I’m convinced Munich is heaven on Earth. Any city on the planet that features beer gardens and beer houses on their maps (marked with massive, overflowing steins) is a place for me. I encourage you to check out several different beer halls when you’re in Munich (they’re all over the place — in the middle of the park, smack dab in the center of a street market — literally everywhere), but you MUST stop by the world famous Hofbrauhaus.
Munich was the final stop on my trip to Europe back in June. Germany was the eighth country my mom and I visited on our whirlwind 20 day trip, so I was starting to wear down a little bit. Don’t get me wrong — I could have stayed in Europe forever, but I just couldn’t stomach another art museum or fancy church. I just wanted to eat, drink and be merry in the capital of Bavaria.
My mom and I were doing our best to trek around like tourists on our first day in Munich, but then the rain started dumping down. We’d already stopped at a beer garden in the middle of Englischer Garten, so I figured a pit stop at Hofbruahaus was the next logical step (it makes sense, right?). My mom wasn’t quite as excited about it as I was (she’s not into drinking, so she loves to see me guzzling beers — please note the sarcasm) We walked in the door and the Hofbrauhaus was exactly what I expected. There was oompah music blaring, beer flowing and people everywhere.
You can order your beer “helles” (light — Hofbrau Original), “dunkles” (dark – Hofbrau Dunkel), “weisse” (white (or wheat) beer — Munchner Weisse), “radler” (half light beer and half lemonade) or “russ’n” (white beer with lemonade). The light beer, dark beer, radler and russ’n are typically served in liter mugs at Hofbrauhaus (that’s 33 ounces — equivalent to almost three cans of beer), while the weisse is usually served in a smaller half-liter glass. Be warned — German beers are stronger than American beers. Hofbrau Original carries a 5.1% alcohol content (Hofbrau Dunkel is 5.5%), while a Coors Light is 4.2%. You can get knocked around pretty quick if you aren’t careful.
The common food at a beer house or beer garden in Munich is sausage (I’m partial to bratwurst), sauerkraut (with bacon), large pretzels and pork knuckles (exactly what it sounds like). The menu at Hofbrauhaus goes well beyond that though. It’s a real restaurant and a beer hall. While I stuck with the pork knuckle for dinner, my mom order some spaetzel noodles with cheese (egg noodles with Tegernsee-style grated cheese and fried onions). In my opinion — you can’t go wrong with Bavarian food. It’s the best!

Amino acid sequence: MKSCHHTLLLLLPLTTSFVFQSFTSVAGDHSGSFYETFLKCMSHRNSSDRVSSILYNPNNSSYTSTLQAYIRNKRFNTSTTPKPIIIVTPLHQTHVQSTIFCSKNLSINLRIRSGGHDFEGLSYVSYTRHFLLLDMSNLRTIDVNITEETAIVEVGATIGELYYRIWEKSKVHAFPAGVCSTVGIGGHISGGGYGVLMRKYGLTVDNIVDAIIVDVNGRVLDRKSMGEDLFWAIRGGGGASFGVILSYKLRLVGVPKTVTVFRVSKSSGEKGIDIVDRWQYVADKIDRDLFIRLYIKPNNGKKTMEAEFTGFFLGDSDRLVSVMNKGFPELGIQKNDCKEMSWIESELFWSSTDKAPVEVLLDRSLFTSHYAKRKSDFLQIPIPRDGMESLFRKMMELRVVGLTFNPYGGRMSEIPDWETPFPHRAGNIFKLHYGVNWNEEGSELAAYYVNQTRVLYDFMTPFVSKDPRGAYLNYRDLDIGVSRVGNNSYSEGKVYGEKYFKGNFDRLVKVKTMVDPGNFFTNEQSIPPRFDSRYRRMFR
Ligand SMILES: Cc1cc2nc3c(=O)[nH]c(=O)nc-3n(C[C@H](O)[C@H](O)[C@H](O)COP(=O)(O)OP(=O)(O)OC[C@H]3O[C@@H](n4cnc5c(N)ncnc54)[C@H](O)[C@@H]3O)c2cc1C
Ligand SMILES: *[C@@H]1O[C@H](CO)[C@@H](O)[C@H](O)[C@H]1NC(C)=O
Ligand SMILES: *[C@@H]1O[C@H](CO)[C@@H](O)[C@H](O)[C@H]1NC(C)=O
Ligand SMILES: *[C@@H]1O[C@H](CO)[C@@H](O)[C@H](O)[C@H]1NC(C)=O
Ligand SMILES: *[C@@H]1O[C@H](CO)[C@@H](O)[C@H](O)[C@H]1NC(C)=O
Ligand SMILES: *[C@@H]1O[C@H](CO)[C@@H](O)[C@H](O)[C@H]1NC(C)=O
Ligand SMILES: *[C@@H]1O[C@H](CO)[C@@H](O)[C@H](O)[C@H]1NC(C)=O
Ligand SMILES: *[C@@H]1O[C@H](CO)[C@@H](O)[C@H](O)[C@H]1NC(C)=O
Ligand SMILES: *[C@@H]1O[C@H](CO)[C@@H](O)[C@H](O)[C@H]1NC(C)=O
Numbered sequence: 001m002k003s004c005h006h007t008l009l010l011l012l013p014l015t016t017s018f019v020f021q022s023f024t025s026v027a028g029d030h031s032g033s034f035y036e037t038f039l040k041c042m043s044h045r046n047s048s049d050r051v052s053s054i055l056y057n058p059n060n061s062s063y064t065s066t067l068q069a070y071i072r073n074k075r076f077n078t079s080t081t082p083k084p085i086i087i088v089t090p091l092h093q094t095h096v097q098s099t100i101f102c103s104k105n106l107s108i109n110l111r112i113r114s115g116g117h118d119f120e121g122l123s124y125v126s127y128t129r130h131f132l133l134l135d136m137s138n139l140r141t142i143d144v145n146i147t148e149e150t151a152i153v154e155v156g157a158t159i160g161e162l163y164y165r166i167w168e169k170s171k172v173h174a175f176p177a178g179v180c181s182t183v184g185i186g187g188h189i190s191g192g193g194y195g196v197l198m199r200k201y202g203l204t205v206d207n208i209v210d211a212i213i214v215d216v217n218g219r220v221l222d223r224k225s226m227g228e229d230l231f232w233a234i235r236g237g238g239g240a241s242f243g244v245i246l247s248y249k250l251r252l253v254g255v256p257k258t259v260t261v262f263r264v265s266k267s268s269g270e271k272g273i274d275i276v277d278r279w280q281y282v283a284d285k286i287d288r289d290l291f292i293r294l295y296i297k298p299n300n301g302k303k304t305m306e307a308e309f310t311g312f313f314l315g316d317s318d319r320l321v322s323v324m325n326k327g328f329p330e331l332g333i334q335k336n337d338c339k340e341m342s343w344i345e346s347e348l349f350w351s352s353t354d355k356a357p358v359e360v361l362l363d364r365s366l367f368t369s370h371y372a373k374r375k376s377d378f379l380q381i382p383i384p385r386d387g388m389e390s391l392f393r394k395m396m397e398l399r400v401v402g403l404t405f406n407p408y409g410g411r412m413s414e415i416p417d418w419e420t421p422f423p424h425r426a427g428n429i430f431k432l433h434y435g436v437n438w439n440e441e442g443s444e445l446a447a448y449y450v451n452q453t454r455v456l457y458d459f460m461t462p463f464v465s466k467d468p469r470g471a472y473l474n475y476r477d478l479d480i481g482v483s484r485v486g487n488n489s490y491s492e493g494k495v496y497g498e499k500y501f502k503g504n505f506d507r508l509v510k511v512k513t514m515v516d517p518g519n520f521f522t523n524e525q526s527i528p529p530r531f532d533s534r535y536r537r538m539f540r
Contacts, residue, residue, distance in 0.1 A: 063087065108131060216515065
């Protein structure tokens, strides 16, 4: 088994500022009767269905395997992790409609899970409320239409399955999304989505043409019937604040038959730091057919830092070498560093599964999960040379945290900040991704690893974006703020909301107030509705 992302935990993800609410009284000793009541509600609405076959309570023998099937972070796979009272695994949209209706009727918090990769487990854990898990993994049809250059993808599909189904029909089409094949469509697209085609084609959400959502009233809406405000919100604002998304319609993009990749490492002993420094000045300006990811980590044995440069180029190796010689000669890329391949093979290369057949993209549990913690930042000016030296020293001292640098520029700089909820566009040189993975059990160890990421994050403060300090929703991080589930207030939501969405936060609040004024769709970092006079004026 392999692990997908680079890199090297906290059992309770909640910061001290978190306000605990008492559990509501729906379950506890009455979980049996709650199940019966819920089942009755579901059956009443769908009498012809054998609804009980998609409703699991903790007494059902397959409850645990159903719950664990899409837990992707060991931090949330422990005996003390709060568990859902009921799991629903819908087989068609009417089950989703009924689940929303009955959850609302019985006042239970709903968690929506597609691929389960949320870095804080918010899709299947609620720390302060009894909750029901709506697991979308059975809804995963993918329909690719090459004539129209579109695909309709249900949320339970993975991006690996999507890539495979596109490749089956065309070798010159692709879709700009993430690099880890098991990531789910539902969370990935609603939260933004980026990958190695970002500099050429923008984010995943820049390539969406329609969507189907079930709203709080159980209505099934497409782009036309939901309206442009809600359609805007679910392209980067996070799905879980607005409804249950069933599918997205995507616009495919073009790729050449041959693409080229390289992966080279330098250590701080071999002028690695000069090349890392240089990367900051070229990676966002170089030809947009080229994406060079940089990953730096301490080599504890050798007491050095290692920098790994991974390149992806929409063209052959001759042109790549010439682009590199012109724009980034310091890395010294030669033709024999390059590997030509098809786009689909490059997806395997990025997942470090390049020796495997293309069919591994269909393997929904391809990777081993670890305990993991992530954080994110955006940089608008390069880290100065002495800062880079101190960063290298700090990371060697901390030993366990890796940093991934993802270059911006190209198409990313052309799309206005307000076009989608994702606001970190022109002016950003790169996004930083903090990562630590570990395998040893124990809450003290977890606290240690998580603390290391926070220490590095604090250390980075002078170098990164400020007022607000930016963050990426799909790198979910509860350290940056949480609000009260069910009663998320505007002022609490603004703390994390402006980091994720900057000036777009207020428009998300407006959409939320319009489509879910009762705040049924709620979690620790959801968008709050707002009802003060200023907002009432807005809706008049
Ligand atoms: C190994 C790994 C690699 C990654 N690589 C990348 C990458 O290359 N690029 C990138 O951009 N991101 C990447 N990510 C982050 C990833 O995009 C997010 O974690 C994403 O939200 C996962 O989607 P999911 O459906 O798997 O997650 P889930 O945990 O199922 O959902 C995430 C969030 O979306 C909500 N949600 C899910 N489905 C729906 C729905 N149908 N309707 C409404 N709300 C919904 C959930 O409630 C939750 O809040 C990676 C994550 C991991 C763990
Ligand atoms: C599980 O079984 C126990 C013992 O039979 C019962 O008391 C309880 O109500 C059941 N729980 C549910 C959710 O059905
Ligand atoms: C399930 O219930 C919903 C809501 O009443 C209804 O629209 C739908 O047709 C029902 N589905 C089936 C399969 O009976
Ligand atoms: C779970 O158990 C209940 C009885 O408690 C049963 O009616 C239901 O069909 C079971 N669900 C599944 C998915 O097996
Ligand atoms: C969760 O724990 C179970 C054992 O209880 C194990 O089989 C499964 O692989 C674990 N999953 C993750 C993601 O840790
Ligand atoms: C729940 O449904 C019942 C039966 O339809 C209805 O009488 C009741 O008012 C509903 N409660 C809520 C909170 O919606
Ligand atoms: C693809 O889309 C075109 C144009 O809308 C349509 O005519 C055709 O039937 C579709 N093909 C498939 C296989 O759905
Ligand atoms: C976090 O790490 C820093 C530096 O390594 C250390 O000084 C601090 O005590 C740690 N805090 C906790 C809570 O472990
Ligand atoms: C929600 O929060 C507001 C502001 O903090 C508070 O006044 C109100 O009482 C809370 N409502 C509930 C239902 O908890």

Hofbrauhaus is committed to its regulars (many who still stroll around in lederhosen). If you take the time to walk around the beer house you’ll see the regulars’ steins locked away in the back. It’s basically a parking spot for their glass when they’re away (locked down like Fort Knox — literally called beer stein safes). There are also reserved tables labeled ‘Stammtisch’ — those are for the regulars/groups that frequent the Hofbrauhaus. You want to avoid those tables if you can. My mom and I knew that when we were there, but the place was packed (which is amazing because it can serve up to 5,000 people at a time). We were forced to sit at a reserved table (or leave — and that wasn’t an option), and no more than 25 minutes later one of the regulars showed up (we could tell by his fancy stein and the look he gave us when he arrived). We offered to leave, but he didn’t understand much English. He shook his head and waved his hand telling us we could stay. It only got awkward when the Hofbrauhaus server showed up and made it very obvious that we were at the guy’s table (even though we understood that before he showed up). It wasn’t a problem though (since it was his reserved table after all); we just got up and moved to another spot.
That’s another one of the great things about Hofbrauhaus — all the awesome people you meet. Before the regular showed up to claim his spot, I was clanking glasses (Prost!) with the guys at the table next to us. I’m not even sure where they were from, but I’m guessing it was Austria (I have no idea though). At the next table we went to, my mom and I met three guys from New York City who were in Munich for their friend’s wedding. After they left, two guys (they were photographers) from Brazil sat next to us. They weren’t the most talkative, so I sparked conversation with two dudes sitting nearby. It turned out they were from Buffalo, New York, in Munich for business. It’s easy to make friends at Hofbrauhaus and it really adds to the experience.
If you’re a drinker or not — you need to visit the Hofbrauhaus in Munich. It’s the most famous beer hall on the planet in a city where beer is king (just look at Oktoberfest – born in Munich — for crying out loud). The Hofbrauhaus is the best of Bavaria all rolled into one location.
Have you ever been to Hofbrauhaus? What did you think of it? I would love to hear from you! Simply leave a message below or connect with me on Twitter, Facebook and Google+. Don’t forget — if you can’t travel the globe; experience the world with me at http://allaroundtim.com!